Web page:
With the passage of age, due to genetic reasons or simply due to medical reasons, our joints begin experiencing more wear and tear. This in turn makes them more vulnerable to injuries, and you don’t need us to tell you that this isn’t good for you. For those of you who didn’t know, joints are what we call the connecting areas between any two bones in our bodies.
It is because of joints that we are able to bend our knees and elbows, flex our fingers, bend our backs and what not. However, sometimes we experience discomfort, pain or even debilitating joint conditions. This is why, irrespective of your age, you have to know how to keep joints healthy.
And before you jump for joy, I don’t mean the unhealthy ones found abundantly in junk food and friend foods. I mean the healthy fats (like omega 3 fatty acids) which are essential in fighting inflammation in your body. Food sources like chia seeds, flaxseeds, walnuts, avocado, and salmon are good sources of omega 3. If consuming food sources is not an option, then opt for omega 3 supplements.
Proper massaging requires proper movement, tension and pressure on your joints that targets the affected ligaments, muscles and soft tissues. The best bet would of course be to hire a professional to do your massage for you. But if that is not possible, then a 10-15 minute routine daily will work wonders for you. Warm coconut oil works best, but castor oil is not far behind!
Here’s the thing – the heavier you are, the more pressure is put on your joints for carrying such heavy weight constantly. Can you imagine the wear and tear they go through on a daily basis? To put things in perspective, 1kg of weight over your ideal weight is equal to a minimum of 3kg of weight/pressure on your lower body joints.
Your muscles are very important, especially when it comes to how to keep joints healthy.In fact, it is your muscles that help absorb all the shock that your joints receive, so the stronger your muscles are, the better they will act as shock absorbers.
Begin with light weight exercises and moderate cardio. Slowly and steadily, start increasing your weights because the best way to build your muscles is by strength training. Make sure you don’t overwork any one particular muscle or body group – keep changing your routine.
Cycling is also excellent for your joints, so make sure you’re doing at least 15 minutes’ worth of cycling every day. If you have arthritis then it’s best to talk to your instructor before doing any form of strength training.
That’s because the more you consume them, the more your bone health deteriorates. Needless to say, weak bones = weak joints. In fact, several studies have found that drinkers and smokers are at a higher risk of developing gouts and rheumatoid arthritis (respectively) than those who don’t drink or smoke at all.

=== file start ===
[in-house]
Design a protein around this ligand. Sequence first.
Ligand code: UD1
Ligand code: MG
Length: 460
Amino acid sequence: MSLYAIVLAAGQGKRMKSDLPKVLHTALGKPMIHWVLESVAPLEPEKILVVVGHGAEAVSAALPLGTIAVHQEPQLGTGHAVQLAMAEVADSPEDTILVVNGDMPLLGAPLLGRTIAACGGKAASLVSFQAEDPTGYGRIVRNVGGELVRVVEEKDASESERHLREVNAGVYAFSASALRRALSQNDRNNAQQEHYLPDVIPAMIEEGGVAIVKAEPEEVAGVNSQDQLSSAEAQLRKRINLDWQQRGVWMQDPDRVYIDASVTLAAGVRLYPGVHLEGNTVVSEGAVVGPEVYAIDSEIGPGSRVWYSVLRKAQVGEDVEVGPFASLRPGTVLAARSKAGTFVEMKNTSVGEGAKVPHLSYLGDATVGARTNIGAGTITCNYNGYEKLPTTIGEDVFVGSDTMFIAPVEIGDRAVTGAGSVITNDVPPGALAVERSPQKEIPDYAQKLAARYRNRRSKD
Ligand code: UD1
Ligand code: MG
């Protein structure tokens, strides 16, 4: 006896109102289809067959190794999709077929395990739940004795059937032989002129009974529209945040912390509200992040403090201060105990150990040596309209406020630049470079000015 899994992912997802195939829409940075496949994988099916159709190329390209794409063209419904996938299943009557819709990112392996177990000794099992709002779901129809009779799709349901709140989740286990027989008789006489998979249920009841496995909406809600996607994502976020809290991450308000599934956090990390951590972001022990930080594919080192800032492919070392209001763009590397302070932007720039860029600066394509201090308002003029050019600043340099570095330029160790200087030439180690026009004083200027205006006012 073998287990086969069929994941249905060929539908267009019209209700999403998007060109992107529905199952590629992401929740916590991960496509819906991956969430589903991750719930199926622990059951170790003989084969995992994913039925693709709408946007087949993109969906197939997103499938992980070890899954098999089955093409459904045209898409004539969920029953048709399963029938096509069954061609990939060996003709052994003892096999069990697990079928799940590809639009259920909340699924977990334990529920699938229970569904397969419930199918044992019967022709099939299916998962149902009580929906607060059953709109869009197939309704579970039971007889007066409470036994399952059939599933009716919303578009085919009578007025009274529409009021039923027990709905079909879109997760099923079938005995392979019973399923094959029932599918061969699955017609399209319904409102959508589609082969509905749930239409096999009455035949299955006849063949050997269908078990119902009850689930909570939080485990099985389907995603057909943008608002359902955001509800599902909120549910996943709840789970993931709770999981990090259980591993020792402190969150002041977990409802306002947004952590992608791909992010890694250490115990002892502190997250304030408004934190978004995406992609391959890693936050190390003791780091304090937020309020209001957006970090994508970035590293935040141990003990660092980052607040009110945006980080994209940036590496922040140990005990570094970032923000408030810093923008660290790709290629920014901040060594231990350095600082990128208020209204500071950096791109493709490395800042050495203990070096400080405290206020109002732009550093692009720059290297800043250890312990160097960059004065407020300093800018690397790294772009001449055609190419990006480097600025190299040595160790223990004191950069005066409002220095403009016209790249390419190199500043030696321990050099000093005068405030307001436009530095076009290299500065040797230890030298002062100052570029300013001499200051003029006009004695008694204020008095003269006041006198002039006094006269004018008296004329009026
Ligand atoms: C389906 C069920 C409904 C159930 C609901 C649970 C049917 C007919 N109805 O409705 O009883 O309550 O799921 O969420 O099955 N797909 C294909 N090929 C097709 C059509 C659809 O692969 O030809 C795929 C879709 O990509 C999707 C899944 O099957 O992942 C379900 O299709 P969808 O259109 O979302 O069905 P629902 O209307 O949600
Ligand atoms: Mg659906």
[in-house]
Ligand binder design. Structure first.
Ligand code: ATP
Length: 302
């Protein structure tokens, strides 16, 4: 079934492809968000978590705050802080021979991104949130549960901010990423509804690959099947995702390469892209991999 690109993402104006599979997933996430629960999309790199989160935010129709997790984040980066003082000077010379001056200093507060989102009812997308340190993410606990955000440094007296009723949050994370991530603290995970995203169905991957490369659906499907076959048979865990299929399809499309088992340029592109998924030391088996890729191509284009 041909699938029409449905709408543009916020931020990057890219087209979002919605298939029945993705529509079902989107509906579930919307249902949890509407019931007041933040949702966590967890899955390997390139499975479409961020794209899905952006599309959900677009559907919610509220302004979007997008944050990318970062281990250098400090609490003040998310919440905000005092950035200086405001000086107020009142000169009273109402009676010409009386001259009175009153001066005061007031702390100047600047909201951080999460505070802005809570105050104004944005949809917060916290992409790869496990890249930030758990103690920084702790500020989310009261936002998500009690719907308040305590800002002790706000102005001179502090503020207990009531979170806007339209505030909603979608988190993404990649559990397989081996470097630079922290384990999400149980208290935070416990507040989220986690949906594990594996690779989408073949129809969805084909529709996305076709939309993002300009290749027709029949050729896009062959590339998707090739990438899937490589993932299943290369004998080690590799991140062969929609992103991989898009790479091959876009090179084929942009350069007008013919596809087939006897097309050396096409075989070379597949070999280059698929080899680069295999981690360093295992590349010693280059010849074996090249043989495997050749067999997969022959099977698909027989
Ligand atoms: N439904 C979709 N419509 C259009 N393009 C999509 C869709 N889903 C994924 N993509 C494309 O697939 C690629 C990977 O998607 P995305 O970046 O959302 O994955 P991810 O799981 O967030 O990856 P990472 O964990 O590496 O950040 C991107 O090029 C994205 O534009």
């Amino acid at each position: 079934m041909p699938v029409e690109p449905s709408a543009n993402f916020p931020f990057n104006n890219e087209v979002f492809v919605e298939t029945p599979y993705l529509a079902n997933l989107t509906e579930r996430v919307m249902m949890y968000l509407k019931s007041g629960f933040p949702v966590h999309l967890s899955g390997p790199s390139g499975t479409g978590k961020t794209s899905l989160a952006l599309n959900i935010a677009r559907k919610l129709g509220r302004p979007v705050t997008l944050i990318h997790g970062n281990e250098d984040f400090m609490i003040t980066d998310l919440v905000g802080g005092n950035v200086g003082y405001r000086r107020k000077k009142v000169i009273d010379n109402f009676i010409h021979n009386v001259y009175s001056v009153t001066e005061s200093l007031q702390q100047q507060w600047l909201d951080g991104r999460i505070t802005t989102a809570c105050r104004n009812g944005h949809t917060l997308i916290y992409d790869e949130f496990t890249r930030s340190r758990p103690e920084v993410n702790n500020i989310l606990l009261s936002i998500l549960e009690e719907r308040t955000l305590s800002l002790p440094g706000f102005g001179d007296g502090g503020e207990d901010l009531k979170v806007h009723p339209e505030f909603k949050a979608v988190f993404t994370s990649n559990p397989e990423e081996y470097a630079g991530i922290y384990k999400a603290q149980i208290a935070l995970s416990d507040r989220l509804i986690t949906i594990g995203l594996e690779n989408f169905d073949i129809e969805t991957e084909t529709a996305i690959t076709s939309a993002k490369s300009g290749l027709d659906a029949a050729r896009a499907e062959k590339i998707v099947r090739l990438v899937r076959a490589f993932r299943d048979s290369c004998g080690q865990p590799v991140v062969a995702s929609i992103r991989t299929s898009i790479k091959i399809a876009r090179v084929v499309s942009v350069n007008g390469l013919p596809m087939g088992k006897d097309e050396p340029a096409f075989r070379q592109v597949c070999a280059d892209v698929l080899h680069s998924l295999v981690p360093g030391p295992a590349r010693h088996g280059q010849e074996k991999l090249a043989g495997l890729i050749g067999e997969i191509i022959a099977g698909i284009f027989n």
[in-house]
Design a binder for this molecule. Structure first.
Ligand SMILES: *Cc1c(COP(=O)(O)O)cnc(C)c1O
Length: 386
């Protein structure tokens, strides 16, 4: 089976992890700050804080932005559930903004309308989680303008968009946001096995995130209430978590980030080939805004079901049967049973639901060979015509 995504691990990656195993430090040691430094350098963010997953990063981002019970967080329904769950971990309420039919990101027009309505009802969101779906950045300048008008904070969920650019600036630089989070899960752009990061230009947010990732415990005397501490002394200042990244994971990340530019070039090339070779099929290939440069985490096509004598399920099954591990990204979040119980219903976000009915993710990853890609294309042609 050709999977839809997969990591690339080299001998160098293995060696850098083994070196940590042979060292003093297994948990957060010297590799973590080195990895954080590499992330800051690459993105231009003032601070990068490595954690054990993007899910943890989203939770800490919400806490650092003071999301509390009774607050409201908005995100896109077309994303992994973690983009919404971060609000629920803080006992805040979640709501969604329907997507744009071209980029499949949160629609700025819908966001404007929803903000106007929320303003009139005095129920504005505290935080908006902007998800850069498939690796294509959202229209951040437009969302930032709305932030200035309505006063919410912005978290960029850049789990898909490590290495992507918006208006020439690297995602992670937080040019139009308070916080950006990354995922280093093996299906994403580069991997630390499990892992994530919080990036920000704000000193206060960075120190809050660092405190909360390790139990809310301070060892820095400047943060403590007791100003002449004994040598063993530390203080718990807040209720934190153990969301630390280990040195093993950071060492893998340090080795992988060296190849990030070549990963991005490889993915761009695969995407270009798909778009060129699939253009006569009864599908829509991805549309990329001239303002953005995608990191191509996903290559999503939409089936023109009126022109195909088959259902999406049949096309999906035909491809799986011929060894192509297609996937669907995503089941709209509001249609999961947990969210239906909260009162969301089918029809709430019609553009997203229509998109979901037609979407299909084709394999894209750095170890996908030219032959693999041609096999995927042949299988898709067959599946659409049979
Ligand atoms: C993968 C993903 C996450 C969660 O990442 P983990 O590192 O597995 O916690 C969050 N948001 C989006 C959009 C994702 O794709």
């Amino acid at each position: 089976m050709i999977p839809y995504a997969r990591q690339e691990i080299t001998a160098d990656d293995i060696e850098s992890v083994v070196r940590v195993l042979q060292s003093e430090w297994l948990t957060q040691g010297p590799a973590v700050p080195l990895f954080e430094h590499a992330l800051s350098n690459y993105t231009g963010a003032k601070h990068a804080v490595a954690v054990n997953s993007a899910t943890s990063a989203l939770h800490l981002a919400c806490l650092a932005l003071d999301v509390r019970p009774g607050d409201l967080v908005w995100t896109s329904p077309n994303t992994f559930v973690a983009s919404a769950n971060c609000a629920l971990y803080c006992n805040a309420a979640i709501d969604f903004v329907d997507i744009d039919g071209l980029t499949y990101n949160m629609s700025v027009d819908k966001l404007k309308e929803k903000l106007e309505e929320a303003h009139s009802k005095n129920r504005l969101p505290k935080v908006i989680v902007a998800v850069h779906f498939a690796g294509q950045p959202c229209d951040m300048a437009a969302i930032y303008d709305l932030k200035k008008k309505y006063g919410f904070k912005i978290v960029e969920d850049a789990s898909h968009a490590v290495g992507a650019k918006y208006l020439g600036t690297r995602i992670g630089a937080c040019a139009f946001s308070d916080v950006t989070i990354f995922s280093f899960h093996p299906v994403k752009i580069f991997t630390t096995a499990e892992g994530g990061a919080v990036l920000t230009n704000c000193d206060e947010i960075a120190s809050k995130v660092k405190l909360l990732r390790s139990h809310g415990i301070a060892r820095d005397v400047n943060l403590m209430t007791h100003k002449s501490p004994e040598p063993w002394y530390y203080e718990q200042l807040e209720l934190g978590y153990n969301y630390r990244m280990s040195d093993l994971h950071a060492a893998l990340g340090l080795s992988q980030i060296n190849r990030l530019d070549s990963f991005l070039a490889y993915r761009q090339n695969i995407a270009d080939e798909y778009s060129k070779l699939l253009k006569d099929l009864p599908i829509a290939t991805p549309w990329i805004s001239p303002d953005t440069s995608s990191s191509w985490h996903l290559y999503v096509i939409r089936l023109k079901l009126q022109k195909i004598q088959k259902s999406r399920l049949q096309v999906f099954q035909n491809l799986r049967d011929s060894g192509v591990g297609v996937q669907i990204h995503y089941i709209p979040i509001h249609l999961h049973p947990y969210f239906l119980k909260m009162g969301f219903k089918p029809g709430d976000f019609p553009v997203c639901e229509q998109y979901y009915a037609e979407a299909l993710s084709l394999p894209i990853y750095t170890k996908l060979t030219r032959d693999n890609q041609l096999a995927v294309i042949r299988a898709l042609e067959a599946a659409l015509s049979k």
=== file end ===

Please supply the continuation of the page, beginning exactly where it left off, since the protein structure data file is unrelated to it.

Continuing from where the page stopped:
It might not appear that way, but one of the most important things about how to keep joints healthyis a strong core. A strong core encourages better body movement and posture, which in turn reduces the amount of stress placed on our joints. If you think strength training is not something for you, then try pilates or yoga. And speaking of posture…
Your posture is important too. Walking with a hunch, not sitting with your back straight, walking a lot in heels etc. affect the pressure applied on your joints greatly because your body is not in its natural alignment. Whenever you catch yourself in a bad posture, correct yourself. If that is not possible then think about investing in supportive furniture like chairs with special back support that keep your backs aligned throughout the day. And also keep in mind that…
If you feel that you still aren’t able to align your body properly, just take a break from what you’re doing. Go for a 5 minute walk. The thing is movement allows the synovial fluid within our body to move about freely. This fluid acts as a lubricant which allows for better movement of your joints. Also, movement prevents the accumulation of older synovial fluid which tends to accumulate, resulting in the growth of microbes and even mineral deposits.
Another good way of getting rid of old synovial fluid caught up in your joints is by applying ice on them. Not only does it heal external pain, but the ice helps move the liquid from your joints to your lymphatic system of your body, which in turn is able to rid your body of the fluid completely. The best time to massage your joints with ice is 10-15 minutes after you’re done with your exercises on how to keep joints healthy.
This video will help you understand which exercises to do for the affected joints in your body. Body rolling is great because it works our muscles, which become looser and more flexible. However, if you feel that even body rolling is not working out for you, then you should talk to a physiotherapist or osteopath.
Post and pre-workout always ensure that you’re doing at least 15 minutes’ worth of stretching exercises diligently. Pre-workout stretching is necessary as it warms up your muscles for an intense exercise. Post-workout stretching is necessary because that helps your muscles relax after your workout session. It also helps loosen up your muscles and joints, prevents swelling and pain, and strengthens your muscles.